That was certainly the case for Lum back in the late 1970s, as he began to see himself as the trope of the hard-working Asian science undergrad destined for a life in the lab. “Even though I didn’t really enjoy chemistry, I was good at it, which is a curse,” Lum acknowledges. “It’s better to be not good at something you like than to be good at something you don’t like. It’s confusing. I thought there was something wrong with me.”

In an act of self-discovery and rebellion, Lum took a night class in studio art. His teacher was Jeff Wall (who had just started making his lightbox transparencies, ending a seven-year art-production dry spell), and the class was Lum’s introduction to conceptual art. “I like to play with things in my head a lot, as opposed to, say, traditional moulding,” he explains. “The key part is reading, observing and then sitting and forming images in my head. It didn’t seem like a huge leap going into art. I wasn’t necessarily the smartest kid, but I thought I had a quick-wittedness. I could analyze a problem and find the fastest way to solve it, or strengthen my position. I had confidence and a lot of ideas, and I felt that I could easily analyze the art system. I wasn’t entirely right about it, but at least I thought I had the right idea.”

At that early stage, Lum decided to supplement his chemistry major with a minor in arts. Throughout his degree, he worked part-time jobs: courier, herring packer, illustrator of flora and fauna for the Ministry of Environment, waiter and valet to aging stars like Bob Hope, Milton Berle and Larry Hagman. He also began to experiment with the dialogue between the private, domestic sphere and what he calls “the denatured white-cube spaces of galleries and museums,” making furniture sculptures for artist-run spots like Ian Wallace’s studio.

In 1981, a year after graduation, Lum went to New York and took art courses at New York University, including a Robert Rosenblum class on 19th-century art. A stream of influential guest lecturers made appearances, from Christo to Vito Acconci, who stripped off his clothes, lay on a table, covered himself in a sheet and spent the next half hour muttering “I want to feel your body against mine” and other sexualized yearnings. A couple students made a beeline for the exits, but Lum stayed put. “It was uncomfortable, but fascinating and quite nice, too, the way he expressed this desire to connect,” says Lum. His own experiments in bending the conventions of artist-viewer relations would later evolve into mirror works that destabilize notions of identity, objectivity and power, such as House of Realization (2007). Entering this installation, viewers read a poem printed on a series of mirrors that are eventually revealed to be one-way; each player, each self, becomes a quartet of identities—victim, perpetrator, good cop, bad cop.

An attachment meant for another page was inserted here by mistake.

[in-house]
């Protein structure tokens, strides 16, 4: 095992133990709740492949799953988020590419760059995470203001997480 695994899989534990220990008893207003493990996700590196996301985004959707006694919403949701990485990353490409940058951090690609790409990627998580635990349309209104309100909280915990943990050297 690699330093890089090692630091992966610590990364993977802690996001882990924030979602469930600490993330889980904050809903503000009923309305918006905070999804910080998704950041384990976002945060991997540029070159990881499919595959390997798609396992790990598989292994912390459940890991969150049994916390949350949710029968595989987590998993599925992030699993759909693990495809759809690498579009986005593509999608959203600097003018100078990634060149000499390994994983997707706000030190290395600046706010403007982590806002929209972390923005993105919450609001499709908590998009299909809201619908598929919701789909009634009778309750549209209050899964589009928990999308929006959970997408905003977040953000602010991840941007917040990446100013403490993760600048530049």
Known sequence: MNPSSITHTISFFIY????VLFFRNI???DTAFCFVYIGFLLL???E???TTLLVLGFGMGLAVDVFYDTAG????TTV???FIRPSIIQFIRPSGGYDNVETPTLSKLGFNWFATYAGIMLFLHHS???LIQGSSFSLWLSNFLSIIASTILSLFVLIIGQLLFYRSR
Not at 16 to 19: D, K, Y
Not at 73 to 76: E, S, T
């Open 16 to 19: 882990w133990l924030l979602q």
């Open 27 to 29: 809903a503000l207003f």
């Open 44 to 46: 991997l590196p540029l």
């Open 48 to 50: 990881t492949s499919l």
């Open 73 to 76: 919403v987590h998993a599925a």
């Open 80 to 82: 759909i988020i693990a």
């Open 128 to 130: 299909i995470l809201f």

New York City in the early 1980s was a proving ground for conceptual artists from John Baldessari to Jenny Holzer to Andrea Fraser. Lum lived in a cockroach-infested room in Brooklyn, but he could rub shoulders and share ideas with artists at Max’s Kansas City. “There was this ‘we’re all in this together’ philosophy at that time, which I don’t think is the case today, anywhere,” says Lum.

In the spring of 1982, Lum participated in a White Columns group show. By November, he had a solo show at Artists Space in TriBeCa: an installation of rented furniture that looked like a living room, with four couches and four lamps. “People scratched their heads, called it ‘radical’ or didn’t see it as art,” he says. Two years later, Artforum published an image of another Lum furniture sculpture, Partially Buried Sofa (1984), alongside an interview between Lum and the painter Thomas Lawson. The two had met after Lum wrote Lawson a thoughtful response to his 1981 Flash Art essay “Last Exit: Painting,” a landmark contribution to the discourse on the death of painting. Lum’s career started to take off in the mid-1980s, with group and solo shows throughout North America and Europe.